“Boobie Bungalow Gentlemens Club” is a delightful story of a stripclub at a truckstop in Alabama. The version on the album is a slow and carefully layered song – where Jen Gundermans magical piano is the key. Personally I still prefer the live-version he played at a house concert I hosted last year, where my old friend and bandmate Jo Inge stepped in on guitar without ever hearing the song before. Those guitarlicks get me every time.
Check out the video of it below , where Stephen also tells the story of the Boobie Bungalow Gentlemens Club:
Down to the Booble Bungalow Gentelmen’s Club
Where I fell in love
There’s truck stop romancing, exotic couch dancing
While you fill your Semi up
No hometown to judge you
No rejection from lost love
Down at the Boobie Bungalow Club
Another great example of Simmons storytelling is “Horse Cave, KY”. Where Willie meets Betty at an adult book store, and how a Saturday in Kentucky can seem like a whole life.
Willie met Betty at the adult bookstore
Just off I-65
And they got themselves an ice-cream cone
At The Dinosaur World that night
Naturally there’s room for songs about love. Mostly failed love, but that still counts!
One of the best ones of that lot is “Stardust”, which ponders the fact that women tend to hunt down the assholes to share their life with – while us good guys stand around wondering what happened…
Honey I know you wanted me to be a jerk
I know you wanted me to be an ass
Honey I guess I lost my nerve
To be cruel to you was just too much to ask
And when we’re on the subject of good songs with some kind of love as a theme; “Santa Cruz Ridge” is a gem of a lyric – where Simmons really shows off his craft. Lines like “Meet a stranger but you feel like you know her // A glance, a hello, and a touch on the arm // And you’re strapped in on a super rollercoaster” brings back memories for most of us who’s ever had feelings for another person – and the line “But I swear by God you can only try // As hard as the other person will” sums up how miserable it might turn out…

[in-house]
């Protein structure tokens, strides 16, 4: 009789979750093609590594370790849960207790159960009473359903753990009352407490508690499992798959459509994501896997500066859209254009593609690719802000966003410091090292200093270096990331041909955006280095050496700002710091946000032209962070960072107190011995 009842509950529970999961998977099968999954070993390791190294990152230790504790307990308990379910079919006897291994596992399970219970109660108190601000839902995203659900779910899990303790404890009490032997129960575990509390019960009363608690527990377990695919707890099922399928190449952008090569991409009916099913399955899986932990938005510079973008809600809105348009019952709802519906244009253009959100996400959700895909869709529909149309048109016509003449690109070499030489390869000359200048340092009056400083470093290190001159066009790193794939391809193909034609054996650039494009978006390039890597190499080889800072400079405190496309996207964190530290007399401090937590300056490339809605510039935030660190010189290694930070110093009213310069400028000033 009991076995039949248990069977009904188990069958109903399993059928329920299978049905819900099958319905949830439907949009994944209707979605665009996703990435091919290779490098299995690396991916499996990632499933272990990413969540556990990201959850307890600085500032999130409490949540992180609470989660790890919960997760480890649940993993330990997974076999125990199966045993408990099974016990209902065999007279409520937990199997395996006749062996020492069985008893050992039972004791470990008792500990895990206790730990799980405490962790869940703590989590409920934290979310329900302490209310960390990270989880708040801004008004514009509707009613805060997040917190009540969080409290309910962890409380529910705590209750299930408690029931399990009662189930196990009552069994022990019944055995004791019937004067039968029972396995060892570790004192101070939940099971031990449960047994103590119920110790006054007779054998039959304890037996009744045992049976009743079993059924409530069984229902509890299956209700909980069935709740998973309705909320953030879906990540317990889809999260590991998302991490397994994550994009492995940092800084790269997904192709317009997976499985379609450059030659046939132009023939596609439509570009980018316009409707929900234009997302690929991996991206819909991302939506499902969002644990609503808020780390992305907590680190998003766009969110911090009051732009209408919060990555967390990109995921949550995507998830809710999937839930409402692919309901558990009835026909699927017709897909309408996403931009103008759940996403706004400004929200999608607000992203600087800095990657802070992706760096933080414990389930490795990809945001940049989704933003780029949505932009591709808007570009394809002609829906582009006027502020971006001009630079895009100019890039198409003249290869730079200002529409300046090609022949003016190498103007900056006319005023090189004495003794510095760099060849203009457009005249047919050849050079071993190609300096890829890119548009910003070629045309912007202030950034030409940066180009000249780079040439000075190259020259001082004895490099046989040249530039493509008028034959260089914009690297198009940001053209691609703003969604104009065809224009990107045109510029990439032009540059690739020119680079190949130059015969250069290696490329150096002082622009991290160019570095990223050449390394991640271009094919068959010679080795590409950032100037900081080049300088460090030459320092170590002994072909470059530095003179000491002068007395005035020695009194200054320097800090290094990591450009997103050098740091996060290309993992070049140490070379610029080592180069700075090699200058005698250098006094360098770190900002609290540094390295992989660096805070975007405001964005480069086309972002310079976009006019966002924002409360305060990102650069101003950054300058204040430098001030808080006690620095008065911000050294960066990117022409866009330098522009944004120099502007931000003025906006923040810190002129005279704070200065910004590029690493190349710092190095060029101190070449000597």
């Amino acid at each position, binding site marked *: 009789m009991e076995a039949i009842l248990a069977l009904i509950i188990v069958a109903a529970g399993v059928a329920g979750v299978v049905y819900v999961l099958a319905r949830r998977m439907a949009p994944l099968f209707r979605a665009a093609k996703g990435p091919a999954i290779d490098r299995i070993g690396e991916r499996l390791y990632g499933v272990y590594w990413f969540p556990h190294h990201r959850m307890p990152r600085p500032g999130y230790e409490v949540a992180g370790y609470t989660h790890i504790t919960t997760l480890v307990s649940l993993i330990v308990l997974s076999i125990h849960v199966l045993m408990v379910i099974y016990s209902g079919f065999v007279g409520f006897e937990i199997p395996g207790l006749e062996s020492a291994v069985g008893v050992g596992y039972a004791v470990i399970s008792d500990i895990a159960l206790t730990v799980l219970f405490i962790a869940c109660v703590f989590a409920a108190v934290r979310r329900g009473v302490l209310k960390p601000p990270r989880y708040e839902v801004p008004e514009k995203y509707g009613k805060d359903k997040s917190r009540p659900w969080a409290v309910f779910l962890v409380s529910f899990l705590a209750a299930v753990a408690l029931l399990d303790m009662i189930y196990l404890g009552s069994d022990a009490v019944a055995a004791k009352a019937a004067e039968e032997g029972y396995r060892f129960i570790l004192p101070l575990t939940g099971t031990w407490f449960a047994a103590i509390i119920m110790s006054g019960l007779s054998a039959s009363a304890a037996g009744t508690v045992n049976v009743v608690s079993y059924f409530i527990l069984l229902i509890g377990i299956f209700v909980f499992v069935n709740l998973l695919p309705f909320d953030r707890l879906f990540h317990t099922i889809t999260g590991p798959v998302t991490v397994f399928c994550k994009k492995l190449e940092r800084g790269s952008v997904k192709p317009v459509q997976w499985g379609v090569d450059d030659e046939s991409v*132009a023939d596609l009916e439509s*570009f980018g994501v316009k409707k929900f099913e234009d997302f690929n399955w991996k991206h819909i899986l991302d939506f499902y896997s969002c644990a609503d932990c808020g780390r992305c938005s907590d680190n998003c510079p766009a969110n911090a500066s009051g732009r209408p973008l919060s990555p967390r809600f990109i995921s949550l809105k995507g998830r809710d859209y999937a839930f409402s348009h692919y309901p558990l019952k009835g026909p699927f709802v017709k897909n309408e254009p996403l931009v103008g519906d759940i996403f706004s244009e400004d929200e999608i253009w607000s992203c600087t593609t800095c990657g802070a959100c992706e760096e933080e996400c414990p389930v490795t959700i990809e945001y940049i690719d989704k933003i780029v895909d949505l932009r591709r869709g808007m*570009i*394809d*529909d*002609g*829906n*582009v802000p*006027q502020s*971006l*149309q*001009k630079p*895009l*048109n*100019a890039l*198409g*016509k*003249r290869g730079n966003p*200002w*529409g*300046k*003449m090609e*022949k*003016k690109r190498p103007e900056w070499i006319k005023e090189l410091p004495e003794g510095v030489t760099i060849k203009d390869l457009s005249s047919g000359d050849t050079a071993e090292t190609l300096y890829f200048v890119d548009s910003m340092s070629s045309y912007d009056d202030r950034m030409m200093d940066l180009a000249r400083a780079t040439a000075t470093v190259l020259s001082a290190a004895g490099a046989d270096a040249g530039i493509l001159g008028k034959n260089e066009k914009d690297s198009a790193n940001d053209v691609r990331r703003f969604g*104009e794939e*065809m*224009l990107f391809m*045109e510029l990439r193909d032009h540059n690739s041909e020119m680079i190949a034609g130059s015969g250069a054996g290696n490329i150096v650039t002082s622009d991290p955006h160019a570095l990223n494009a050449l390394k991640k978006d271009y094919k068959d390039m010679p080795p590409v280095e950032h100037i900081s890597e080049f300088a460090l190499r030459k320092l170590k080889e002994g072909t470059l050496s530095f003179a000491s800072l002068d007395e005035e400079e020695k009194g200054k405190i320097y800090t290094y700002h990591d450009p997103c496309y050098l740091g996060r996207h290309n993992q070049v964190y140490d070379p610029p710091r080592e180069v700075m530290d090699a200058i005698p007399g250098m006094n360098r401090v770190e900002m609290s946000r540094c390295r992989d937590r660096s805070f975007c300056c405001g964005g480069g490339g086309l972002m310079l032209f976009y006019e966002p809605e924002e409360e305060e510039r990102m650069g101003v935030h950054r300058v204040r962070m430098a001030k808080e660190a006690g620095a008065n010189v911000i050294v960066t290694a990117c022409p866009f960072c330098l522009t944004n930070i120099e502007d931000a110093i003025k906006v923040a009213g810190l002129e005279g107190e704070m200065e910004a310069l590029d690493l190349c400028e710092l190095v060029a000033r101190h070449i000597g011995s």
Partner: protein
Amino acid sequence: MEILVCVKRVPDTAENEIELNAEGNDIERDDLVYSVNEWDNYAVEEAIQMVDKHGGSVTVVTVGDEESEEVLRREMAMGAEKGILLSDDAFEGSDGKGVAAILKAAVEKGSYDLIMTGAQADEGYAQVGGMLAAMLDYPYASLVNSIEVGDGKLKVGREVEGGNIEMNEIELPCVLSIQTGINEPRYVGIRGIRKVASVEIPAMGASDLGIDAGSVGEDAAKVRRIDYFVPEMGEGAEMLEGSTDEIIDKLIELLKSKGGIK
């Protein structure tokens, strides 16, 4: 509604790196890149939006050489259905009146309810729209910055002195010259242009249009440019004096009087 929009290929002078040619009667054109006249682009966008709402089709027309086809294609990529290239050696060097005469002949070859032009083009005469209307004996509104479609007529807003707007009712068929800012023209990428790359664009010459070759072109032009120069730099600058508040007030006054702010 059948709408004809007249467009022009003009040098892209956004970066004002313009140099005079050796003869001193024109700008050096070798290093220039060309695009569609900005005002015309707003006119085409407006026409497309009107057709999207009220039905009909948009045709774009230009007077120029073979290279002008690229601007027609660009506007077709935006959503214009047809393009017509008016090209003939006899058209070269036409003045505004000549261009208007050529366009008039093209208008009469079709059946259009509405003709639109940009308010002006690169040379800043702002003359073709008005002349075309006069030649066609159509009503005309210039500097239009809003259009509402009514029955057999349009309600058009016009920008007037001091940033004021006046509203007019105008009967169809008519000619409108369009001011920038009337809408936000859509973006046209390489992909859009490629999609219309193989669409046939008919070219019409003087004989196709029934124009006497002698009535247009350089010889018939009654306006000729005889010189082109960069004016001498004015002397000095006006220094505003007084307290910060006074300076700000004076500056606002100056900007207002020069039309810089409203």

Highway 1 by the coast of the ocean
We drove with the windows down
The radio was broken
And the wind was the only sound
You wanted me to show emotion
To say what I was feeling outloud
But I don’t know where I got the notion
I’d done enough to show you by now
He continues exploring difficult relationships in “Hard It Goes”, where the line “Love comes easy but hard it goes” really sums it up. Jen Gundermans backup vocals is nothing short of beautiful. Her piano is just as decisive as it must be, and the pedal steel just kicks ass!
I think my favourite part of “Hearsay” is the ending. The last song “Just Like A Sad Song” ends the album like this. With perfection…
So babe I’m at the end of this album
The needles just about to run out
Side One, Side two it’s all through
Have you figured what it was all about?
I’m calling this Essential Listening. And you know we just don’t throw those around here at Ninebullets.